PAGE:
Biometric Authentication Abstract
Basic authentication is based around one of the three basic ‘pillars’ of authentication: something the
user knows, something the user has, or something the user is. Biometrics fall into the latter category of
user is. Biometrics can further be broken up into two categories. Physical biometrics
includes fingerprints, iris scans, hand geometry, etc. Behavioral biometrics include handwriting analysis,
speech analysis, keystroke analysis, and gait analysis.
etically, biometrics can be used to uniquely identify an individual. However, as with any system of
authentication, weaknesses exist. Some biometric authentication devices can be spoofed rather easily.
Other devices are much more resistant to
attacks. Many device manufacturers are
beginning to employ live
ness detection with their devices to attempt to test that the subject being
analyzed is actually a live person.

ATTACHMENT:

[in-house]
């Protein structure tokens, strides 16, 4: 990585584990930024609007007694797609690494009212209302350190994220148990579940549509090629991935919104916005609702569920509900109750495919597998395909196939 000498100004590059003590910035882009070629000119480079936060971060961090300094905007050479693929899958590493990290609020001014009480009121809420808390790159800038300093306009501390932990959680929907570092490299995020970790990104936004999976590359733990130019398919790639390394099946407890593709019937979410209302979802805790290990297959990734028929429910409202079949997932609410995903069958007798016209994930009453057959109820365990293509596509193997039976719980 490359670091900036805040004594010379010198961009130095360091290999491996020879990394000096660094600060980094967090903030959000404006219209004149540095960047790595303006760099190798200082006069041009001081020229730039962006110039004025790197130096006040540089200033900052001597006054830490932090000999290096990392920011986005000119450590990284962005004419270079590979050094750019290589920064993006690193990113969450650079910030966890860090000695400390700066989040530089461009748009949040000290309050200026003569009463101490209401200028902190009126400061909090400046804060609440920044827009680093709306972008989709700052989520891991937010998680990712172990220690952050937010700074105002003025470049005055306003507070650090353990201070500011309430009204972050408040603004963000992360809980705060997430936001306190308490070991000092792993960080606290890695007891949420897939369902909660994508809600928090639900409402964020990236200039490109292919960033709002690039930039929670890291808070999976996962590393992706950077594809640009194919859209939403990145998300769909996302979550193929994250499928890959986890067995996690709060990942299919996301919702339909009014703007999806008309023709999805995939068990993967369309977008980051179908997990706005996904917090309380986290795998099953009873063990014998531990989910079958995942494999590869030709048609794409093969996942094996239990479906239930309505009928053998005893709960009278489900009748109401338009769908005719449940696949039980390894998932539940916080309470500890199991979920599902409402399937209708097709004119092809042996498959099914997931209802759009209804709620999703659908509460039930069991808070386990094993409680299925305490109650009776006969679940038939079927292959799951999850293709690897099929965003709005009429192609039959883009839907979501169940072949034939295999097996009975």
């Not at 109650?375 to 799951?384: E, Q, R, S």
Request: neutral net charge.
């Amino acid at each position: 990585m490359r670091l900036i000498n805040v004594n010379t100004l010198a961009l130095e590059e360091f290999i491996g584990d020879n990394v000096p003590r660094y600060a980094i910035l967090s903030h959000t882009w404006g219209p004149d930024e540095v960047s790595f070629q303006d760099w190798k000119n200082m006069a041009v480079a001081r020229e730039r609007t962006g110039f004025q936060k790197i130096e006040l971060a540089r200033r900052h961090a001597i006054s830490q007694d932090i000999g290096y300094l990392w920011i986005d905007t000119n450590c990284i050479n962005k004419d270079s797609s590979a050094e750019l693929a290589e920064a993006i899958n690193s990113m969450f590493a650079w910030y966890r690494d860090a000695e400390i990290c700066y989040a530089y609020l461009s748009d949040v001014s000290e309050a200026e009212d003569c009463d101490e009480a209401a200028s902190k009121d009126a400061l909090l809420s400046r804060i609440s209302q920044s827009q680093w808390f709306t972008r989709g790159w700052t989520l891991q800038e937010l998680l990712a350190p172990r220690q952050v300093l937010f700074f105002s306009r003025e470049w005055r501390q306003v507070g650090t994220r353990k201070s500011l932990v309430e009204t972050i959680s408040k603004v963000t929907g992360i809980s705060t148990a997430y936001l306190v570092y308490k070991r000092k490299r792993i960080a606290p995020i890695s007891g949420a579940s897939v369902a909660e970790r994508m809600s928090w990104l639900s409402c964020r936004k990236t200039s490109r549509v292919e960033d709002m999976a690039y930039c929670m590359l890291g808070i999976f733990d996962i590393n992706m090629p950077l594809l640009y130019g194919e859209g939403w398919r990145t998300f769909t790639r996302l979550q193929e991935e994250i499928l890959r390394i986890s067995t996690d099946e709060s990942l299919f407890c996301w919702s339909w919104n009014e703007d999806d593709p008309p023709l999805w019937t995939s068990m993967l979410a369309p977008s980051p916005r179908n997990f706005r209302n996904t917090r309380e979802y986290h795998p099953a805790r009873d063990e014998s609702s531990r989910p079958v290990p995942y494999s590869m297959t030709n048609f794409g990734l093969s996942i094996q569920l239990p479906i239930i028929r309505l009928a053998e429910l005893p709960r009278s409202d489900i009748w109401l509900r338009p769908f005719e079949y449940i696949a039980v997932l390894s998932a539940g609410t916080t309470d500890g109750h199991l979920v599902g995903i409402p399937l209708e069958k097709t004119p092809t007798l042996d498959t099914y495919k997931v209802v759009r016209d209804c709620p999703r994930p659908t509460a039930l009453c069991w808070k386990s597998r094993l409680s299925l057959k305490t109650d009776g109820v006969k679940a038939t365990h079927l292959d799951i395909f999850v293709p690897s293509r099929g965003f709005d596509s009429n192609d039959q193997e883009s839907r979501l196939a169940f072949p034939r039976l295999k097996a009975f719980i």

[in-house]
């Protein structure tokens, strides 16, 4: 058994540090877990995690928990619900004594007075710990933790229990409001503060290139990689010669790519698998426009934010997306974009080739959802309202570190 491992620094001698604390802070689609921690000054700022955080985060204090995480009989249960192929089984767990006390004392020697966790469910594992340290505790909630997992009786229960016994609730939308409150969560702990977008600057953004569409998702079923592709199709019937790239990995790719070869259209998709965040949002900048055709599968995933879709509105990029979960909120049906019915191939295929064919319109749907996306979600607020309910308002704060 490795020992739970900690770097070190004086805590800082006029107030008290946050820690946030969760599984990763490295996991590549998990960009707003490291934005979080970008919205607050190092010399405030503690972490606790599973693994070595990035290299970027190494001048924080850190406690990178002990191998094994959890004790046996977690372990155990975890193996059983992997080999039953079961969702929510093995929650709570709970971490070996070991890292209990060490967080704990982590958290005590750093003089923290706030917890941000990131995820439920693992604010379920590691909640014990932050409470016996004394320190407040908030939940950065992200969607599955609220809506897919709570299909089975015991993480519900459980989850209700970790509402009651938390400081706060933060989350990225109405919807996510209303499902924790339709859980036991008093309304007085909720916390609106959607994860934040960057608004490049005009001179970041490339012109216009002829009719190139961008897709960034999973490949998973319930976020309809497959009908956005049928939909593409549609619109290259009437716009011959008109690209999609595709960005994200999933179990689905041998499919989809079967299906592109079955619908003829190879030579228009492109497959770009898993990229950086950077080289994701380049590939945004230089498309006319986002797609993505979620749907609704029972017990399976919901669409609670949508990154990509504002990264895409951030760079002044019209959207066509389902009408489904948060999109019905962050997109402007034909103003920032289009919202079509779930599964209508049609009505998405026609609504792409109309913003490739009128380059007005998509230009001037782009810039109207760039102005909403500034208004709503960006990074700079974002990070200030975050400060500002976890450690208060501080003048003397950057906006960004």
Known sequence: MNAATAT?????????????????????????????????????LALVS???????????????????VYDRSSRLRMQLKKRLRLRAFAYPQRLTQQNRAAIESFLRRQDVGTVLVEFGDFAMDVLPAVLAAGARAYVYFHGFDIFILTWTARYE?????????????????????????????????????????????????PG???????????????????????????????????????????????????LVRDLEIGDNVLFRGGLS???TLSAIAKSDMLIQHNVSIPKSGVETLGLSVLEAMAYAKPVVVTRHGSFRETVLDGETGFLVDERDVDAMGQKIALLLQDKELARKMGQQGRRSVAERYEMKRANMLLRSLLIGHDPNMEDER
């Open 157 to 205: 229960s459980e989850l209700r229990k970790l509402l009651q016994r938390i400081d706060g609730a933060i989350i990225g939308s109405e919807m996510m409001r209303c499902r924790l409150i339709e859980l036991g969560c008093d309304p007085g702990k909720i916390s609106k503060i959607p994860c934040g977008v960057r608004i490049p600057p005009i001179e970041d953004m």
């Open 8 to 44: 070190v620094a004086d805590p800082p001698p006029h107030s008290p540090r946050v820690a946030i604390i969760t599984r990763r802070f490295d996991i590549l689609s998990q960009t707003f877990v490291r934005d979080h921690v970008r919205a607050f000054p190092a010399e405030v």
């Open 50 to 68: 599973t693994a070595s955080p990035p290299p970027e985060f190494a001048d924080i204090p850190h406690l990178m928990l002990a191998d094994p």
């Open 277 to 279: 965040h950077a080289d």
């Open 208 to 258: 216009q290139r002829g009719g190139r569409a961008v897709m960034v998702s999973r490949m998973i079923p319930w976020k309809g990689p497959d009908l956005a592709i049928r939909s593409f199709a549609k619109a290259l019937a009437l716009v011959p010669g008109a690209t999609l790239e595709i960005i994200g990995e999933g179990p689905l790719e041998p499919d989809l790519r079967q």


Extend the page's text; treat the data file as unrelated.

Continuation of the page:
How useful are biometric authentication devices and techniques? In general, bio
techniques can be evaluated based on two major criteria categories: Security and Feasibility.
Security criteria for a given biometric authentication technique are mainly concerned with the false
positive and false negative rates. Cle
arly, mistakenly authenticating an unauthorized subject is not
desirable. Conversely, rejecting an authorized user is also bad.
Feasibility criteria govern the ease of use and the scalability of a particular technique. Ease of use is
important when conside
ring biometric authentication strategies. If the biometric authentication
significantly hinders the operation of the asset in question, a different authentication technique may be
called for. Additionally, while implementing biometric authentication for a
small group of users may be
quite easy, enforcing this type of authentication across a large company or agency may prove to be too
costly to implement.